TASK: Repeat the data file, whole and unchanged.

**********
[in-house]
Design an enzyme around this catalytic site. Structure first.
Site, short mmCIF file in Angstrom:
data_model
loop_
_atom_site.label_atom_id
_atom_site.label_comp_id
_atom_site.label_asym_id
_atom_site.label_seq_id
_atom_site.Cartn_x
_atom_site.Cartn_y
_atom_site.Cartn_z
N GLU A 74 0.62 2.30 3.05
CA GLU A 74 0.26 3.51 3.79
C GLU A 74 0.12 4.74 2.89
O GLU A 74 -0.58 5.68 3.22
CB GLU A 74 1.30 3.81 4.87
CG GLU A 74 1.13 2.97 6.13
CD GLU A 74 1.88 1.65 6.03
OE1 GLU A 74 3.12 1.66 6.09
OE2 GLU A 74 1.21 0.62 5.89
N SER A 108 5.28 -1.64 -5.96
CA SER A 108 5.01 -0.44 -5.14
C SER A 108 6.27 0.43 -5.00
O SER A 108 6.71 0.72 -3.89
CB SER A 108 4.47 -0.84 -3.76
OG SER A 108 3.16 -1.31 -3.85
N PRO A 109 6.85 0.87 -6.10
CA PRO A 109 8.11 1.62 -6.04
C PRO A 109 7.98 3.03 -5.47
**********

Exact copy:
[in-house]
Design an enzyme around this catalytic site. Structure first.
Site, short mmCIF file in Angstrom:
data_model
loop_
_atom_site.label_atom_id
_atom_site.label_comp_id
_atom_site.label_asym_id
_atom_site.label_seq_id
_atom_site.Cartn_x
_atom_site.Cartn_y
_atom_site.Cartn_z
N GLU A 74 0.62 2.30 3.05
CA GLU A 74 0.26 3.51 3.79
C GLU A 74 0.12 4.74 2.89
O GLU A 74 -0.58 5.68 3.22
CB GLU A 74 1.30 3.81 4.87
CG GLU A 74 1.13 2.97 6.13
CD GLU A 74 1.88 1.65 6.03
OE1 GLU A 74 3.12 1.66 6.09
OE2 GLU A 74 1.21 0.62 5.89
N SER A 108 5.28 -1.64 -5.96
CA SER A 108 5.01 -0.44 -5.14
C SER A 108 6.27 0.43 -5.00
O SER A 108 6.71 0.72 -3.89
CB SER A 108 4.47 -0.84 -3.76
OG SER A 108 3.16 -1.31 -3.85
N PRO A 109 6.85 0.87 -6.10
CA PRO A 109 8.11 1.62 -6.04
C PRO A 109 7.98 3.03 -5.47